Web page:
Trip Gabriel has a provocative piece out arguing that plagiarism is on the rise among undergraduates, and that this increase is driven by a shift in values induced by the internet:
Digital technology makes copying and pasting easy, of course. But that is the least of it. The Internet may also be redefining how students — who came of age with music file-sharing, Wikipedia and Web-linking — understand the concept of authorship and the singularity of any text or image.
“Now we have a whole generation of students who’ve grown up with information that just seems to be hanging out there in cyberspace and doesn’t seem to have an author,” said Teresa Fishman, director of the Center for Academic Integrity at Clemson University. “It’s possible to believe this information is just out there for anyone to take.”
This all strikes me as extremely dubious. For one thing, they don’t appear to have any real data to indicate that cheating is on the rise. For another thing, any analysis of this subject has to account for the fact that the Internet has made plagiarism radically easier to detect. Finding some old book or article and copying a section of it was always fairly easy for any student with access to a good university library. It’s true that computers make this somewhat easier, but the difference is marginal. By contrast, digital search makes it dramatically easier for a suspicious teacher to check and see if a dubious passage is copied from somewhere, and the ongoing process of digitizing humanity’s store of knowledge will make this easier and easier in the future.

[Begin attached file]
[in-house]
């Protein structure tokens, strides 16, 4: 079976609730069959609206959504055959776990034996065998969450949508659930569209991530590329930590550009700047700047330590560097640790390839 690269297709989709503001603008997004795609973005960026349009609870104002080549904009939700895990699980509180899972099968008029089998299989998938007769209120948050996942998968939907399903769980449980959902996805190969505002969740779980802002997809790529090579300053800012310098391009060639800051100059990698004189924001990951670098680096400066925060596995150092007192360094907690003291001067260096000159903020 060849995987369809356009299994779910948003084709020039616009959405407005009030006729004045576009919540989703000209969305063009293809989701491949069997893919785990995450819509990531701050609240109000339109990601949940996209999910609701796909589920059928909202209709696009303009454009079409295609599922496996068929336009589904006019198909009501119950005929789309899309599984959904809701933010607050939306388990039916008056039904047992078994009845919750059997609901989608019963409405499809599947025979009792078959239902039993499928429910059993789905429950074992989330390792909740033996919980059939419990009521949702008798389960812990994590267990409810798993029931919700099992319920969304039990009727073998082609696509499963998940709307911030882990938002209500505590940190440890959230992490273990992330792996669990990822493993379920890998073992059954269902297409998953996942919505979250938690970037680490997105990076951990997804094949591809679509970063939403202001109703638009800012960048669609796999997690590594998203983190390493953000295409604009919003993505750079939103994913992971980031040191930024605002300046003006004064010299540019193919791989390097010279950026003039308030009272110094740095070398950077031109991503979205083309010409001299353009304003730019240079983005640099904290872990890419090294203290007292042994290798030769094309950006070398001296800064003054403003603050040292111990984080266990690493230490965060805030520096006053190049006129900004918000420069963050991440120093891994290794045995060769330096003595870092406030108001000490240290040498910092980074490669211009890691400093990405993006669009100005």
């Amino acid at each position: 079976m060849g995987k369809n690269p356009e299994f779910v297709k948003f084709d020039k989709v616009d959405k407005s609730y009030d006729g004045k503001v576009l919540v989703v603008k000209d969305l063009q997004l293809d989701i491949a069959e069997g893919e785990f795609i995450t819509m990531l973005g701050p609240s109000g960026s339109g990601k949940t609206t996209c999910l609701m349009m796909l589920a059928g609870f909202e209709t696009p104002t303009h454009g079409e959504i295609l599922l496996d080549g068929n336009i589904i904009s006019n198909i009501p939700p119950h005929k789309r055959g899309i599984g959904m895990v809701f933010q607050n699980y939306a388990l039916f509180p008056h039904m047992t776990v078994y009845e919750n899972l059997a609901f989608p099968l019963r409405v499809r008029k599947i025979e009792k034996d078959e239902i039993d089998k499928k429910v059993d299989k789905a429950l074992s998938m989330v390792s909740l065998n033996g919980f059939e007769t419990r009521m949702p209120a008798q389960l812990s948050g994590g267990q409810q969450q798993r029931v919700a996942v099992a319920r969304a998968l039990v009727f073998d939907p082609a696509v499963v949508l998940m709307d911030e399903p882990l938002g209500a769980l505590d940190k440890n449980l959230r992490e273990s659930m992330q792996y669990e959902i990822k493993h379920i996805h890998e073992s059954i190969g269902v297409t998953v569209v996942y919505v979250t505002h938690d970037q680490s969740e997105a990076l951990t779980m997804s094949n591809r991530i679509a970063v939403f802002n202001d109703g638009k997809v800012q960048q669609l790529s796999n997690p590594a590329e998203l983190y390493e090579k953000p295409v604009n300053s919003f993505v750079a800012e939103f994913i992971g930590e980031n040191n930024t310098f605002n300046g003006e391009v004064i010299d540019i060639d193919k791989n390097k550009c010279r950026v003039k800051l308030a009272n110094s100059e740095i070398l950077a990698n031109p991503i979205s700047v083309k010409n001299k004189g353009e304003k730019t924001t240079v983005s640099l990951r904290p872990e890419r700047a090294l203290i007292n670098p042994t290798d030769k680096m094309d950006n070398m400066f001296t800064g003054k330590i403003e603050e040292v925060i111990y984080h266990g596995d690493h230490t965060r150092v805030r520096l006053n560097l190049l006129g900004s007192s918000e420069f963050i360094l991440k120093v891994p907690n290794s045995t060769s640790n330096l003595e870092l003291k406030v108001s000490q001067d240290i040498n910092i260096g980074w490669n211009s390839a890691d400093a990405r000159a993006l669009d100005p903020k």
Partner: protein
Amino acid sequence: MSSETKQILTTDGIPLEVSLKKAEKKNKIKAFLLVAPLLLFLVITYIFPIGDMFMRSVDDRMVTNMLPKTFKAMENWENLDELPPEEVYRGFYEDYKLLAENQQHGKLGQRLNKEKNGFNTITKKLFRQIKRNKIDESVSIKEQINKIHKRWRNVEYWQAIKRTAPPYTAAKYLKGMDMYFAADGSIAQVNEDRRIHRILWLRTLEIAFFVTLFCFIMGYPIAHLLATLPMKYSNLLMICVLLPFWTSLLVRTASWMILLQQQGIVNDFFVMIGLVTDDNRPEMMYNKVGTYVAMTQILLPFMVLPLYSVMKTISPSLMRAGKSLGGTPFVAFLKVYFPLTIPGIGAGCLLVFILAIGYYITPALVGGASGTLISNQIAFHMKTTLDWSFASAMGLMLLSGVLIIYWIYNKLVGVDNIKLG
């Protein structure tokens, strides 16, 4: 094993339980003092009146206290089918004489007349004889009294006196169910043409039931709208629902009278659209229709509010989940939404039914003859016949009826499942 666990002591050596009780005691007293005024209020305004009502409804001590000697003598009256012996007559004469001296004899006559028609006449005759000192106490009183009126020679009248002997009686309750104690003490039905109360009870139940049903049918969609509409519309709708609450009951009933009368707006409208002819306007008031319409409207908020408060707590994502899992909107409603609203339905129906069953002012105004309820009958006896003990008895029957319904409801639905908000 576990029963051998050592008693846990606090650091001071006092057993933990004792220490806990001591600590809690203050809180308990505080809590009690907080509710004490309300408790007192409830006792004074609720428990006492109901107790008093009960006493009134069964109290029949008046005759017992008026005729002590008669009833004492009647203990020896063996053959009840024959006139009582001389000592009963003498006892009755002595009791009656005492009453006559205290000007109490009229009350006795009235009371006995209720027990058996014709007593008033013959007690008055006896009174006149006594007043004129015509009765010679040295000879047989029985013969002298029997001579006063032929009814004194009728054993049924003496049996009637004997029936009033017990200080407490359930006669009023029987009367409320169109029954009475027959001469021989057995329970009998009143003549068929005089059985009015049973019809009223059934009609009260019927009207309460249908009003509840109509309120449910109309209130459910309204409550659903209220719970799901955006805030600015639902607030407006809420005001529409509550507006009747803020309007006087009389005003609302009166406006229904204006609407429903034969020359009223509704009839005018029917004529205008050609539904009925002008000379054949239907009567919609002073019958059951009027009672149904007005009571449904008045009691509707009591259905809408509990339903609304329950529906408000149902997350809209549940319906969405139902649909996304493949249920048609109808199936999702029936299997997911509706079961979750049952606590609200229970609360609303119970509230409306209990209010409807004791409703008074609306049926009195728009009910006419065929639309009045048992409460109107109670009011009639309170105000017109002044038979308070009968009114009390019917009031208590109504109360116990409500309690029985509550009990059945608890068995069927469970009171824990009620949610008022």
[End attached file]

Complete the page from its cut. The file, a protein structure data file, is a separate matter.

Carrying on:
What’s more, the idea that the Internet is eroding the concept of authorship seems extremely dubious. This here blog is on the Internet. But it’s author is clearly identified. I link to a lot of things other people write, and I identify those people. Music is just the same. I’ve been listening to NPR’s stream of the new Arcade Fire album. Thanks to the Internet you can, if you’re so inclined, download a copy of this album without paying for it. But in order to find it you have to know that it’s the new Arcade Fire album, and the same is generally true of all music downloads. Whether you’re talking about acquiring digital music legally through Emusic or the iTunes store or whether you’re talking about BitTorrenting it the only way to find things is by correctly applying the concept of authorship.
I suppose it’s true that Wikipedia puts up a lot of non-copyrighted content whose authorship is somewhat hard to discern. When I use images from their “Wikimedia Commons” (like for this post!), I link back to where I found the image but don’t normally do an author credit. But Wikipedia seems to me to be very exceptional in this regard.